BY FURROWING the surface of metal plate with angular ridges, a Philadelphia inventor has materially increased the strength of armor designed for use on tanks, warships, and aircraft. In recent ballistic experiments conducted before ordnance experts, high-powered bullets fired from a distance of fifty yards pierced a test section of flat armor plate one half inch thick. When a slightly thinner section of corrugated armor was used, however, bullets fired from the same distance failed to penetrate its surface, but ricocheted off the sides. Armor penetration depends on a bullet’s angle of impact. Corrugated armor plate, the inventor explains, presents a surface inclined at an angle of forty-five degrees; bullets strike it a glancing rather than a direct blow.

Air Photos Made by Army Pigeons (Jul, 1930)

Air Photos Made by Army Pigeons

TINY aerial photos, snapped by a little camera attached to a carrier pigeon, are being made in Germany, where these birds are trained for military purposes. One of the small cameras, fastened to a pigeon’s body, can take six automatic snapshots while the bird is in flight.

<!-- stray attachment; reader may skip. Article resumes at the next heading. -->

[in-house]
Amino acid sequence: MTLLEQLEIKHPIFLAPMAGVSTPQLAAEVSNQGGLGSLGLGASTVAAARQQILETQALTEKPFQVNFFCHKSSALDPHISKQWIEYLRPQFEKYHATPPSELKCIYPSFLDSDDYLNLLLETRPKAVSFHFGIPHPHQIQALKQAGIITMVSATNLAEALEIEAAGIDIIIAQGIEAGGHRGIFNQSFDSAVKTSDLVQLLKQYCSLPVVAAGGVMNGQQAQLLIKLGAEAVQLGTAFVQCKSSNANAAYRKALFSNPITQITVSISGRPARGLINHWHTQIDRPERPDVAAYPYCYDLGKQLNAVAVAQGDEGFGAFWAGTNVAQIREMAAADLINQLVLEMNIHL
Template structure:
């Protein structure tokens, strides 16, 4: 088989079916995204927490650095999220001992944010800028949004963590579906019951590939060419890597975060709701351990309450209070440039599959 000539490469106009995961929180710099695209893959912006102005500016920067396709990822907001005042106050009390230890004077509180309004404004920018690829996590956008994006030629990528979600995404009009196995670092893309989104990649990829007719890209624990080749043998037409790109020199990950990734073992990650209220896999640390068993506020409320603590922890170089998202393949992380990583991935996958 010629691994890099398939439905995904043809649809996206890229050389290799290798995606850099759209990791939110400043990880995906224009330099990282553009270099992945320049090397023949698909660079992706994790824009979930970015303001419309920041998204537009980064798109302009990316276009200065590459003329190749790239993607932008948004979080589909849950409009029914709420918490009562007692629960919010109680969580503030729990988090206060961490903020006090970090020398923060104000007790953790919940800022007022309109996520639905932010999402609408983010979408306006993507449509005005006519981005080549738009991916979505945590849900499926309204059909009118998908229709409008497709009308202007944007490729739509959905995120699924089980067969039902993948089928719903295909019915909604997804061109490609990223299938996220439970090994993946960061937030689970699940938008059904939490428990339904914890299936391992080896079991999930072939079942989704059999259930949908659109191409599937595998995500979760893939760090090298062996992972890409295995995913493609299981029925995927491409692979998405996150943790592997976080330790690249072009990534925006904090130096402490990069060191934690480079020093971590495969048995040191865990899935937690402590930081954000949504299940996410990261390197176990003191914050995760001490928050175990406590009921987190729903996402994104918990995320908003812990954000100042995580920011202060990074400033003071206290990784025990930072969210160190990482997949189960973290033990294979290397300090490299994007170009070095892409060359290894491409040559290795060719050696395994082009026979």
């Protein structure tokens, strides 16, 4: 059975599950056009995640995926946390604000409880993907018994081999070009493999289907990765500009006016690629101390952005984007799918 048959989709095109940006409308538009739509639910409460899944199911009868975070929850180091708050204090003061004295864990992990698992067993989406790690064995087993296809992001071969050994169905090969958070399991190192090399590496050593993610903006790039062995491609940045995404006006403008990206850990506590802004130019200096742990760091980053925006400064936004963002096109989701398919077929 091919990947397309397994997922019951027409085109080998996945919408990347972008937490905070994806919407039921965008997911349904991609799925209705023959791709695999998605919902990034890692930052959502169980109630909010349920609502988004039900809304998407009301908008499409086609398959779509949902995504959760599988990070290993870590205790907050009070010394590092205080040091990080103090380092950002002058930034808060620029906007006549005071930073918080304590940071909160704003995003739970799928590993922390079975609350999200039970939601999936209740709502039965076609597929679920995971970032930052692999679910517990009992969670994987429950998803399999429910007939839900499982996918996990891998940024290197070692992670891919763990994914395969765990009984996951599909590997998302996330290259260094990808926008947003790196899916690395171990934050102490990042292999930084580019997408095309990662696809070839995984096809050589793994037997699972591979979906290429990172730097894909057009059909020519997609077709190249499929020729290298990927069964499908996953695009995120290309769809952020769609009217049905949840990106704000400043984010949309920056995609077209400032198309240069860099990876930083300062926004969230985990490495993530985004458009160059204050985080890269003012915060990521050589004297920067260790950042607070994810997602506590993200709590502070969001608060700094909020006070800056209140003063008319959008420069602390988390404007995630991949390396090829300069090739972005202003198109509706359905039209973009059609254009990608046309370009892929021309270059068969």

Motor-Driven Car Carries Machine-Gun Crew in Action (Feb, 1938)

Motor-Driven Car Carries Machine-Gun Crew in Action

Low-slung and fitted with four diminutive wheels, a novel vehicle undergoing tests by U. S. Army officials is designed to serve as a mobile machine-gun carrier to enable gunners to fire continuously during an advance or retreat.

Manned by two soldiers, the curious machine is powered by a gasoline motor geared to the rear wheels. While one man operates the gun, the other controls the speed and direction of the vehicle by means of special pedals operated by his feet. At the same time, the steersman assists the gunner by feeding racks of cartridges into the gun.

Steel Goggles Protect Eyes From Bomb Splinters (Apr, 1941)

Steel Goggles Protect Eyes From Bomb Splinters